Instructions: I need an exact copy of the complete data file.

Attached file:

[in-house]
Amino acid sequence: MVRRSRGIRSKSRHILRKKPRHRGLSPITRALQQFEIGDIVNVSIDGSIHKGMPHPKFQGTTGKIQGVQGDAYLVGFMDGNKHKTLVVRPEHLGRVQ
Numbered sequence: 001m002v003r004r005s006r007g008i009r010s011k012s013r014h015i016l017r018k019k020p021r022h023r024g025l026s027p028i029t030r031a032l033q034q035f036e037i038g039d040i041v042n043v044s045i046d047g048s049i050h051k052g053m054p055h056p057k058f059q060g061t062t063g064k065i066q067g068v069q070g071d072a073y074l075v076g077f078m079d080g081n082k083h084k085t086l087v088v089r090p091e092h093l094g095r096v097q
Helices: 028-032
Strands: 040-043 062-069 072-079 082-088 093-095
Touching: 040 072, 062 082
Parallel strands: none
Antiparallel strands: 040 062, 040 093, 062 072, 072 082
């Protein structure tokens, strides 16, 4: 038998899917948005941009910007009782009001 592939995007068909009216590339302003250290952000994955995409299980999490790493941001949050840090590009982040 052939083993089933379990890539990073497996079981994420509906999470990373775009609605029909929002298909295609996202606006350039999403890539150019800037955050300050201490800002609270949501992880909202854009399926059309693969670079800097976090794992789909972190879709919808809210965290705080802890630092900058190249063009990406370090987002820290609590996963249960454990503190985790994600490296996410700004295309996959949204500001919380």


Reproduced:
[in-house]
Amino acid sequence: MVRRSRGIRSKSRHILRKKPRHRGLSPITRALQQFEIGDIVNVSIDGSIHKGMPHPKFQGTTGKIQGVQGDAYLVGFMDGNKHKTLVVRPEHLGRVQ
Numbered sequence: 001m002v003r004r005s006r007g008i009r010s011k012s013r014h015i016l017r018k019k020p021r022h023r024g025l026s027p028i029t030r031a032l033q034q035f036e037i038g039d040i041v042n043v044s045i046d047g048s049i050h051k052g053m054p055h056p057k058f059q060g061t062t063g064k065i066q067g068v069q070g071d072a073y074l075v076g077f078m079d080g081n082k083h084k085t086l087v088v089r090p091e092h093l094g095r096v097q
Helices: 028-032
Strands: 040-043 062-069 072-079 082-088 093-095
Touching: 040 072, 062 082
Parallel strands: none
Antiparallel strands: 040 062, 040 093, 062 072, 072 082
């Protein structure tokens, strides 16, 4: 038998899917948005941009910007009782009001 592939995007068909009216590339302003250290952000994955995409299980999490790493941001949050840090590009982040 052939083993089933379990890539990073497996079981994420509906999470990373775009609605029909929002298909295609996202606006350039999403890539150019800037955050300050201490800002609270949501992880909202854009399926059309693969670079800097976090794992789909972190879709919808809210965290705080802890630092900058190249063009990406370090987002820290609590996963249960454990503190985790994600490296996410700004295309996959949204500001919380």